‘Satan preached here’: Spooky Halloween river in Scotland where water is blood red
STIRLINGSHIRE, SCOTLAND: According to legend, a blood-red river in Scotland is so disturbing that Satan himself is believed to preach to his disciples while sitting on a nearby rock. In Scotland, the Finnish Glen (or The Devil's Pulpit as it is popularly known) is a popular destination for Halloween enthusiasts, with many legends of monsters and mysteries surrounding it.
Some even believe that the grassy rock jutting out from the riverbank was once used by ancient druids to transmit messages, while others claim that it was the site of terrible satanic rites. Another legend says that witches used the region to perform rituals and cast spells there.
Finnich Glen is located near the Loch Lomond waterfront, south of Drymen and north of Craighat. Through a narrow valley in the sandstone, you can see a river flowing below. The path down to the driver is quite treacherous and the descent to the bottom is quite difficult. The Devil's Steps or Jacob's Ladder, built in 1860, was used to describe the descent to the bottom.
The red color of the river has given rise to many legends over the years. Scientists, however, have a very different explanation for the incredibly unique colors that swirl in the waters of Stirlingshire, despite claims that they are supernatural. They claim that the eroded sandstone, alongside the rushing water that flows through the canyon, gives the area its scarlet appearance. When light penetrates the red sandstone beneath the water, it gives the startling impression that the water is blood red.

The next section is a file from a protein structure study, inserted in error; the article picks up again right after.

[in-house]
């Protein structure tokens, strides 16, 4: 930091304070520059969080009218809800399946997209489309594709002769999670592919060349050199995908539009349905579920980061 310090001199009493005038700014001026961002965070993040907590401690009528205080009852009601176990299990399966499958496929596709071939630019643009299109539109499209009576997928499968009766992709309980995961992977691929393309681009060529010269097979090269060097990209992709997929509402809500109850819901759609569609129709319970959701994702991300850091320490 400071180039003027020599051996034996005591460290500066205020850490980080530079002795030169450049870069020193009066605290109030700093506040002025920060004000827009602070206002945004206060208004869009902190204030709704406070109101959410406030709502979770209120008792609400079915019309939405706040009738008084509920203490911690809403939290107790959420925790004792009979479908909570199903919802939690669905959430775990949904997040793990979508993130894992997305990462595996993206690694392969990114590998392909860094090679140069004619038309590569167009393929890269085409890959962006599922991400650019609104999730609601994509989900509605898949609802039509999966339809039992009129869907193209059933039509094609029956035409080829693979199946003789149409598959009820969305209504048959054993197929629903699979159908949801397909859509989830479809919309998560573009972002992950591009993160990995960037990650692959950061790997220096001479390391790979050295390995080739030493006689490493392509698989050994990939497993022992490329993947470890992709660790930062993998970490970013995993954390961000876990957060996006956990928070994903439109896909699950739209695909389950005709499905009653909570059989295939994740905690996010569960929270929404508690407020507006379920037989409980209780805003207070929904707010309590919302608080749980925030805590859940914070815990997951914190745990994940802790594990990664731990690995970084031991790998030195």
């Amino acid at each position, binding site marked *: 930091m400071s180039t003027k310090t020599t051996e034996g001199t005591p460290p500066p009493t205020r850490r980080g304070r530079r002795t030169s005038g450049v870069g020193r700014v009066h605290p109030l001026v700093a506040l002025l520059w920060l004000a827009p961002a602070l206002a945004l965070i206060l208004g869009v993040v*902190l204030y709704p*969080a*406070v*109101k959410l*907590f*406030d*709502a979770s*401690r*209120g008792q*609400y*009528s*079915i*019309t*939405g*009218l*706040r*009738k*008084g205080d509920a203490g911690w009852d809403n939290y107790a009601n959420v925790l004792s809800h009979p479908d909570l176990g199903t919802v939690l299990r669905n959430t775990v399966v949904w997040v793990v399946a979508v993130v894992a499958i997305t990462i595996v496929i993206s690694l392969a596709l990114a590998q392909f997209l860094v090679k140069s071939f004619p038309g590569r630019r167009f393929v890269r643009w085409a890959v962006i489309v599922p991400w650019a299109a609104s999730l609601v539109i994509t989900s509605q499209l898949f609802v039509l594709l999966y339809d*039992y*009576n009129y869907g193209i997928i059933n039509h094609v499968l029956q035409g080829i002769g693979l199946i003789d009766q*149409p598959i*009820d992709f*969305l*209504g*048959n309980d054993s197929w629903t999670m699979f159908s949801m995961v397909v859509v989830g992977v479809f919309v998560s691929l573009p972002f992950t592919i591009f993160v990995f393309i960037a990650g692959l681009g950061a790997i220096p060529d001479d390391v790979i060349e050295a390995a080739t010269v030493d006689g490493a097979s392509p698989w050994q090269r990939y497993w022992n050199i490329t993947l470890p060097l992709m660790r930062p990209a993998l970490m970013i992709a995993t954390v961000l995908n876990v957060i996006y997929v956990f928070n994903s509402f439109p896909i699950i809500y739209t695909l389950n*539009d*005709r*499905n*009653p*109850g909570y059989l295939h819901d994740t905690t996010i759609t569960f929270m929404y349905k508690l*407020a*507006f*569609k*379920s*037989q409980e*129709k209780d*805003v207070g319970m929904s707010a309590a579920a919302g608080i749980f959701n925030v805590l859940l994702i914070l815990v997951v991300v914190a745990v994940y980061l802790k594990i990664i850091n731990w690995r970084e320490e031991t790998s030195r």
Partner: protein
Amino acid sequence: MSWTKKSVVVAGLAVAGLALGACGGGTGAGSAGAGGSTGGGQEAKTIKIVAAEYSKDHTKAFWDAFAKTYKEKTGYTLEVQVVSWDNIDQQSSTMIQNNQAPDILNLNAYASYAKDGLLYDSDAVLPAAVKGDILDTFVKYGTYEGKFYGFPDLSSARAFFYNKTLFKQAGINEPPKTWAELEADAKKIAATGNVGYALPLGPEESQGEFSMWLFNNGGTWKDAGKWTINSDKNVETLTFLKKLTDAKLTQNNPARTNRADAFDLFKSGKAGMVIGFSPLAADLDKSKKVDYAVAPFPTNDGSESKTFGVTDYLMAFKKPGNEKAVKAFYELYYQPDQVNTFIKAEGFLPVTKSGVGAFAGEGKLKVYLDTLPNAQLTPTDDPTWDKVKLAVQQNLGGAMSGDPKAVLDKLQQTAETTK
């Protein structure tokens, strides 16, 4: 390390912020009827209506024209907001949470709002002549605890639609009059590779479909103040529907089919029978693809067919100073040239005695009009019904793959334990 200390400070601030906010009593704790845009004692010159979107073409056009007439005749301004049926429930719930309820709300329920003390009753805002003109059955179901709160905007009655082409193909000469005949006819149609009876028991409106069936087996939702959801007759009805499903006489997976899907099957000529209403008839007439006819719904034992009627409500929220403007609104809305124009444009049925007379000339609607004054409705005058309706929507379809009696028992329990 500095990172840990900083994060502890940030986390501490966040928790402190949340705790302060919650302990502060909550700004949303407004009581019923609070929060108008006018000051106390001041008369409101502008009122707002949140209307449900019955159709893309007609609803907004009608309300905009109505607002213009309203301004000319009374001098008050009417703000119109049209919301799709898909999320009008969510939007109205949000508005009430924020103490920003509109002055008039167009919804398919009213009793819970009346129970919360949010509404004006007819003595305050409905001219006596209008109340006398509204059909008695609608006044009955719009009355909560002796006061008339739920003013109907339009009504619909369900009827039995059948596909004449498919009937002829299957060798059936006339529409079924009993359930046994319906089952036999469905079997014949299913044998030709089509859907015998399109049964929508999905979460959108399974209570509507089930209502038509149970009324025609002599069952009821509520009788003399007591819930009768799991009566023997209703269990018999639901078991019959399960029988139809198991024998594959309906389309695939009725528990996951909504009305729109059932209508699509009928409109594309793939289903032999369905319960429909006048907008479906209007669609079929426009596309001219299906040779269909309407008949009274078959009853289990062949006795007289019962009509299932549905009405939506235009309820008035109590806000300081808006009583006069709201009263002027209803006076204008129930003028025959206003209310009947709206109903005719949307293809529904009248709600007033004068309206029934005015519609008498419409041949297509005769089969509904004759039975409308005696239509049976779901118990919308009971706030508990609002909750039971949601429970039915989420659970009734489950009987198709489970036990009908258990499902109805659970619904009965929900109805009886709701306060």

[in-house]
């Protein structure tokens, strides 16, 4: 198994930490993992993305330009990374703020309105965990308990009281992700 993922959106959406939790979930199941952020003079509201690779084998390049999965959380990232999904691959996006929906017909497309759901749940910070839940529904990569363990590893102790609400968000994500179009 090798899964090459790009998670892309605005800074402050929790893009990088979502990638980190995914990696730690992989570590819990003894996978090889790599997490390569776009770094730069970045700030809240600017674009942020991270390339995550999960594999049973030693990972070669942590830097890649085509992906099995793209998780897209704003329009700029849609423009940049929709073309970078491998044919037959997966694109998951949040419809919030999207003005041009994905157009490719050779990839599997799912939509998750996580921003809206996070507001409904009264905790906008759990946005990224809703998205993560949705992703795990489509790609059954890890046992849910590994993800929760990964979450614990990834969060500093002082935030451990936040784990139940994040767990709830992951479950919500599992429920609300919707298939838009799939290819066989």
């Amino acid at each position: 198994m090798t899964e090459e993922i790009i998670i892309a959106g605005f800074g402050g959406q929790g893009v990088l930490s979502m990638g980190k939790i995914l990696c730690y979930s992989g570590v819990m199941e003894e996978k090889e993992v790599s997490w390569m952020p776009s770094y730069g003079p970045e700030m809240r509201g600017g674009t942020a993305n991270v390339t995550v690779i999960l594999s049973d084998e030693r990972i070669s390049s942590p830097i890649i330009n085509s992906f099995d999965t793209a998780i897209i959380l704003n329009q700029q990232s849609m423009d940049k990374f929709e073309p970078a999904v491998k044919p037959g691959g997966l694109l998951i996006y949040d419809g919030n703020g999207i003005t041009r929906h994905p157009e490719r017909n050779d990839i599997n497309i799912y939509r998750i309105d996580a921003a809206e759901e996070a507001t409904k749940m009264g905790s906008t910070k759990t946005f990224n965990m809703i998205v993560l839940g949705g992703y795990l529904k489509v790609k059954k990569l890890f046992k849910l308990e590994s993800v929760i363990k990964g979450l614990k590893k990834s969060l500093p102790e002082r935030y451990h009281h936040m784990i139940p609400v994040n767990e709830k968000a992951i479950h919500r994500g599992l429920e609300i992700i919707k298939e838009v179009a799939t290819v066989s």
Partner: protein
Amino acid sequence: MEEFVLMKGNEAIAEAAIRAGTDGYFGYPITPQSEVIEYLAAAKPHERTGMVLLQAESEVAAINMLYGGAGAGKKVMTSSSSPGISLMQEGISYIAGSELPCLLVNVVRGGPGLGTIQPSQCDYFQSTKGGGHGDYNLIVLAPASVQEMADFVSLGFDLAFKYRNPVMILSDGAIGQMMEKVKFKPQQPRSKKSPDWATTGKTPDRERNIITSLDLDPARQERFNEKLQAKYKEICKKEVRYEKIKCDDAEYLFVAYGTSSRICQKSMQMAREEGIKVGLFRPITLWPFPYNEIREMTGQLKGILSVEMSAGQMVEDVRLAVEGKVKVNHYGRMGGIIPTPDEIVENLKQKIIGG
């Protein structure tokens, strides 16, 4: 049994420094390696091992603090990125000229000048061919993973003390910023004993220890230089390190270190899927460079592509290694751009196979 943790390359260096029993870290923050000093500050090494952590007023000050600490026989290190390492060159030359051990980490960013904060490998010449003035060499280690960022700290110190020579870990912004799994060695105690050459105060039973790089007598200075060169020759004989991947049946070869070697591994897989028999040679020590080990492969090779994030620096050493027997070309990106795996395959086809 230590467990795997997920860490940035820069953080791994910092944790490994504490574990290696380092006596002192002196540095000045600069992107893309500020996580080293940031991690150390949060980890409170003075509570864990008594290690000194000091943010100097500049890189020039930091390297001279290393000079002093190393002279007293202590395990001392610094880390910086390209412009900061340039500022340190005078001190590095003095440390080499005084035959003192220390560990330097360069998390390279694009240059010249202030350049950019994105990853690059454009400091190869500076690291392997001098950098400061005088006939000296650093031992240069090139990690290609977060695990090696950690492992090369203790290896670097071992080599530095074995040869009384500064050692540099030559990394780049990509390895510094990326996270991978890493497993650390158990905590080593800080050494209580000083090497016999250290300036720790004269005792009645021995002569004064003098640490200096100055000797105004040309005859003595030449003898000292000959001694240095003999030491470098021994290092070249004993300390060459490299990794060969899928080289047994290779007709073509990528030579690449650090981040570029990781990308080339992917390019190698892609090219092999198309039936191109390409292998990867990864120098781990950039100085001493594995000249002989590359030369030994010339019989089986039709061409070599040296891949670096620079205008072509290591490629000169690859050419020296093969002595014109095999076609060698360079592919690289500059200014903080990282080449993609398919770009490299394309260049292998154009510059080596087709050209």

However, the Scottish river won't be the only location crowded with Halloween revelers on October 31. Yorkshire, home to 797 confirmed ghost sightings, was recently crowned the UK's most haunted region according to Daily Star.
Numerous paranormal occurrences, including headless ladies and scratching noises, fill the area with eerie spirits that wander the region. People who are familiar with the area are not surprised by it because it is dotted with historic sites like cathedrals, abbeys, and cities from long ago. After being used in 2014 to represent the fictitious St. Ninian's Spring (or Liar's spring) in the time-traveling romantic drama television series Outlander, the Finnish Glen has experienced an upsurge in tourism. It currently receives an estimated 70,000 tourists annually.
Other famous spooky places in Scotland for Halloween enthusiasts include the Rosslyn Chapel located in Roslin, Midlothian. This active church, made well-known by the book and film "The Da Vinci Code," was constructed for the Sinclair family in the fourteenth century. When a Sinclair is ready to pass away, it is said that spectral flames glow in the chapel's burial crypt. Additionally, a ghost of the apprentice who carved the infamous Apprentice Pillar and was later killed by his master has been said to visit the building.
Other popular places are Culloden Moor in Inverness and Stirling castle in Stirling which are full of legends of ghosts and apparitions.